How Wordpress Blogs Are Hacked

Wednesday, February 20, 2008 by Mistlee

How Wordpress Blogs Are Hacked

By Barry Welford

The previous two articles in this series have suggested ways to combat the ever-increasing hack attacks that WordPress blogs are receiving. In this final article, we will discuss some real-life examples and what can be learned from them. As a disclaimer, it should be noted that some hackers are very skilled and are continually improving their methods. These are anecdotes from the past and the future will undoubtedly be very different.

Typical Hacking Exploits

For specific details of typical hacking exploits, the following accounts are particularly good:

The methods used in these cases are probably all the work of one hacker, by nickname goro, who may well have been one of the commenters on the first of these three posts.

We will not go into the specific details here (since they will undoubtedly evolve), but rather discuss the bigger picture associated with these exploits. In the case of the hacking done on the SMM blogs, there were some clever refinements. The mechanism inserted on the domain generated hundreds of random, unique blog post web pages, which included links to online pharmaceutical web pages. Since the websites were well ranked in Google, many of these hundreds of blog posts were served to the search engine spiders as they made their visits. After a period of hours, the mechanism then stopped. This may have been to avoid a huge spike in traffic, which would have been more easily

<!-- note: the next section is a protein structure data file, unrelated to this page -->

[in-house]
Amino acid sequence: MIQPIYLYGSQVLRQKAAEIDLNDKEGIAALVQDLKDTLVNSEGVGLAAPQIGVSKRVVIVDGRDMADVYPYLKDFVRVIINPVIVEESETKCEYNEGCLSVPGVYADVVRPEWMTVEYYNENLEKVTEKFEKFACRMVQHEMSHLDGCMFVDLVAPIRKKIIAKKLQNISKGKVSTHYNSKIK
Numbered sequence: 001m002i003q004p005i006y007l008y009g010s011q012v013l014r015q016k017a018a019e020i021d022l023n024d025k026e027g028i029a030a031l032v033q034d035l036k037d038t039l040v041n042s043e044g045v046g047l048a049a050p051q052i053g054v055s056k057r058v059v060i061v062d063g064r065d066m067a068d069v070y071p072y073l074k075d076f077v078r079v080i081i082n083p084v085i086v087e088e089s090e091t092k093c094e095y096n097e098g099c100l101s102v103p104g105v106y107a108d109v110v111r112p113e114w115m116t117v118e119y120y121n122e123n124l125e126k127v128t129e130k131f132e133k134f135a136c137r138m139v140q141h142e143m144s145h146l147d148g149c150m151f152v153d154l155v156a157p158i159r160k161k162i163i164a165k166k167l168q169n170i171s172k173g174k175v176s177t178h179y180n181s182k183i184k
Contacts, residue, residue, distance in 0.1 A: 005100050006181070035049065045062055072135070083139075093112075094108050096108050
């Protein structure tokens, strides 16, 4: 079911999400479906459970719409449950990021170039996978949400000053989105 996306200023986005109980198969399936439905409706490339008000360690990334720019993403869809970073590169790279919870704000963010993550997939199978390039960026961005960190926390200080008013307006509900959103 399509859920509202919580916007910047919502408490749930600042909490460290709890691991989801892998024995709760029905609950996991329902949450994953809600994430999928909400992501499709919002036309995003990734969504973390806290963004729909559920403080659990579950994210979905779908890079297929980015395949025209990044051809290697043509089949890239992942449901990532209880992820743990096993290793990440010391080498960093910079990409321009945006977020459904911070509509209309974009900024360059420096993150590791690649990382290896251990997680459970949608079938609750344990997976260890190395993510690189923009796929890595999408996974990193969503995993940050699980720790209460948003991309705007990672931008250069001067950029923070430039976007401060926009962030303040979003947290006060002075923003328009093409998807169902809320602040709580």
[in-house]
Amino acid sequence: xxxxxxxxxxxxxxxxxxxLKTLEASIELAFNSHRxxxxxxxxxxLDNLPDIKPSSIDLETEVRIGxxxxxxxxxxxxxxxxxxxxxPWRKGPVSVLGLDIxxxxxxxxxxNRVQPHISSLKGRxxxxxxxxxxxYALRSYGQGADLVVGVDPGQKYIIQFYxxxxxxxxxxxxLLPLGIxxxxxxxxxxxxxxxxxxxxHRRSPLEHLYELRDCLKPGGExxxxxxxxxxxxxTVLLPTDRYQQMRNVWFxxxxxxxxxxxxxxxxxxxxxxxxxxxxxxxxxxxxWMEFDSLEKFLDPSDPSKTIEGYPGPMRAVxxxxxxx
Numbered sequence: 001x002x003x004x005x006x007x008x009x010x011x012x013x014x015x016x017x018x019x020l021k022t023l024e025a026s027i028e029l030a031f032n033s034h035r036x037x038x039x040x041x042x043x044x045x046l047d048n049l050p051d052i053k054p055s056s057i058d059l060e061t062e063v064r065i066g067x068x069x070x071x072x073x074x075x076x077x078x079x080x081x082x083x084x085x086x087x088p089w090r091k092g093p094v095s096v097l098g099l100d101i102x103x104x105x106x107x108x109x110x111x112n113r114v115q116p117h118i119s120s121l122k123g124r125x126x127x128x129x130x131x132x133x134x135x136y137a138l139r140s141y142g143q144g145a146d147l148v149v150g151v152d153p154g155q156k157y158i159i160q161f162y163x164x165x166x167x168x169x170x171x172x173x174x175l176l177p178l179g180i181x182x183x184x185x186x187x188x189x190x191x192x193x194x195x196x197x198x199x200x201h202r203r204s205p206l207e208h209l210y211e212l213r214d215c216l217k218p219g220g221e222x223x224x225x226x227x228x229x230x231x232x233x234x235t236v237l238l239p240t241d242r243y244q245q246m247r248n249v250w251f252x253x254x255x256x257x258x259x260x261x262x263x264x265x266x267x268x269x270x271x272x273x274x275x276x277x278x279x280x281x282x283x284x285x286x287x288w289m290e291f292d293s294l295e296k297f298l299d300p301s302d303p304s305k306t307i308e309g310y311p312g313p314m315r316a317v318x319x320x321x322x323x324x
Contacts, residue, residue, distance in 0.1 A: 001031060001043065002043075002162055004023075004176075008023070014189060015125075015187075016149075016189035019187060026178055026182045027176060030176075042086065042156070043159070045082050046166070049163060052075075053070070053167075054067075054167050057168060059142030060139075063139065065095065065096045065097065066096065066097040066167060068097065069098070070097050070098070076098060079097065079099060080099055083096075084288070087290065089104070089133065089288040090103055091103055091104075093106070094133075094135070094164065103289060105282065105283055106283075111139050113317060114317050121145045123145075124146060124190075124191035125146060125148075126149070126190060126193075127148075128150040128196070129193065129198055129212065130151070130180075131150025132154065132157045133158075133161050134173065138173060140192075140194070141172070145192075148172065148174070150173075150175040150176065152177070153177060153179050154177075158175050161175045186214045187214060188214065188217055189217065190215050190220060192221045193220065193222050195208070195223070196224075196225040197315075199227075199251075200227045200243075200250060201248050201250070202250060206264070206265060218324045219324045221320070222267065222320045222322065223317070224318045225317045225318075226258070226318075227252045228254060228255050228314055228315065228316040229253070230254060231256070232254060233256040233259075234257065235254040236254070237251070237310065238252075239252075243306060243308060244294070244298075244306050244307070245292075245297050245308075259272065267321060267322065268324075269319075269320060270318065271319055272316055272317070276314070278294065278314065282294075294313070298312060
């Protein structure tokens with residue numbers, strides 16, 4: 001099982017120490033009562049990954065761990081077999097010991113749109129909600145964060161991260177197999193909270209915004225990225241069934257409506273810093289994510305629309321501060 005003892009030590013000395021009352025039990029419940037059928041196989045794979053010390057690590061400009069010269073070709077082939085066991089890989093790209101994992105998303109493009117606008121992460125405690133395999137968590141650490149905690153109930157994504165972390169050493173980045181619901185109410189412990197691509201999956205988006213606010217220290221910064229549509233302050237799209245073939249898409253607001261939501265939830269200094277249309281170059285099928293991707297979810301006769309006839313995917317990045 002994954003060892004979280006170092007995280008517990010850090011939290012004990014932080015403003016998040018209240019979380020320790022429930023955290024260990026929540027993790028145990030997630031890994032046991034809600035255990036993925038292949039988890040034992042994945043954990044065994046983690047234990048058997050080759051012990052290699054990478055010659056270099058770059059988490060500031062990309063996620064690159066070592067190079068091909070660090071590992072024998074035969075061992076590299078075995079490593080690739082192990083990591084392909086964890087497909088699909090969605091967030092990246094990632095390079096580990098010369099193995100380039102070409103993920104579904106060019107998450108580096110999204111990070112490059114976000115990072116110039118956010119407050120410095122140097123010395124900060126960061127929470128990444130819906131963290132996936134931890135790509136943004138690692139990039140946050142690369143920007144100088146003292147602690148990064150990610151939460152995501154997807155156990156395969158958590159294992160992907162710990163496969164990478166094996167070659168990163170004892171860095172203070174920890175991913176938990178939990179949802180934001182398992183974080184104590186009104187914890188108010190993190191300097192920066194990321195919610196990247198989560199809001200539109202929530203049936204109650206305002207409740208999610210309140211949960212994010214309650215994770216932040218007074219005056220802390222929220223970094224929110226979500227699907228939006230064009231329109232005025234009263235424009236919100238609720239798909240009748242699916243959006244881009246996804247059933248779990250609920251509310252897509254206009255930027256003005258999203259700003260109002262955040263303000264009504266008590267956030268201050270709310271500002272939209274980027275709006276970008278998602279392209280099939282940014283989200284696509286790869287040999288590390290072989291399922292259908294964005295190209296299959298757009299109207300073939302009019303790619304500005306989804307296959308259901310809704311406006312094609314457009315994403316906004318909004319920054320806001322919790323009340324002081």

How Google May Have Rewarded Their Efforts

During the last two or three months, Google has been giving much more rapid visibility and higher ranking to blog posts in its regular web search. In the latter part of January, blog posts appropriate for particular keyword searches would appear within a small number of hours in the regular web search. The algorithm may well be using the RSS news feeds associated with the blogs. This gave particular prominence to the blog posts generated by the hacking mechanism. They would almost always appear among the top five positions on a search for particular online pharmaceuticals and often in the first position. Presumably this gave a significant economic advantage to the hacker.

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